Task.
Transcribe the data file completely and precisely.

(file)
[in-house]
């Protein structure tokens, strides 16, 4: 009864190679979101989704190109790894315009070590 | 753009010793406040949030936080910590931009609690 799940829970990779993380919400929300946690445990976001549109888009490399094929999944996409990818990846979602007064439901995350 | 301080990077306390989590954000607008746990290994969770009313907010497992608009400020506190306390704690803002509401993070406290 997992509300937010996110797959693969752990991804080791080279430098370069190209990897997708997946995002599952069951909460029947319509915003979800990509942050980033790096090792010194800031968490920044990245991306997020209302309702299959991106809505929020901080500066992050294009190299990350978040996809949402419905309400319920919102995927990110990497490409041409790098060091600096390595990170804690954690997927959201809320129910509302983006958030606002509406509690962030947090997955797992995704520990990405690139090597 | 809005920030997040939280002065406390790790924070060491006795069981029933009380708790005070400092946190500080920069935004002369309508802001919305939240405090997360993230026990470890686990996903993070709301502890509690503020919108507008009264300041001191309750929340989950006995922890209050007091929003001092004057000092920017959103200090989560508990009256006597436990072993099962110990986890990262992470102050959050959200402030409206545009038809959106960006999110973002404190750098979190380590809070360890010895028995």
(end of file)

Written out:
[in-house]
């Protein structure tokens, strides 16, 4: 009864190679979101989704190109790894315009070590 | 753009010793406040949030936080910590931009609690 799940829970990779993380919400929300946690445990976001549109888009490399094929999944996409990818990846979602007064439901995350 | 301080990077306390989590954000607008746990290994969770009313907010497992608009400020506190306390704690803002509401993070406290 997992509300937010996110797959693969752990991804080791080279430098370069190209990897997708997946995002599952069951909460029947319509915003979800990509942050980033790096090792010194800031968490920044990245991306997020209302309702299959991106809505929020901080500066992050294009190299990350978040996809949402419905309400319920919102995927990110990497490409041409790098060091600096390595990170804690954690997927959201809320129910509302983006958030606002509406509690962030947090997955797992995704520990990405690139090597 | 809005920030997040939280002065406390790790924070060491006795069981029933009380708790005070400092946190500080920069935004002369309508802001919305939240405090997360993230026990470890686990996903993070709301502890509690503020919108507008009264300041001191309750929340989950006995922890209050007091929003001092004057000092920017959103200090989560508990009256006597436990072993099962110990986890990262992470102050959050959200402030409206545009038809959106960006999110973002404190750098979190380590809070360890010895028995």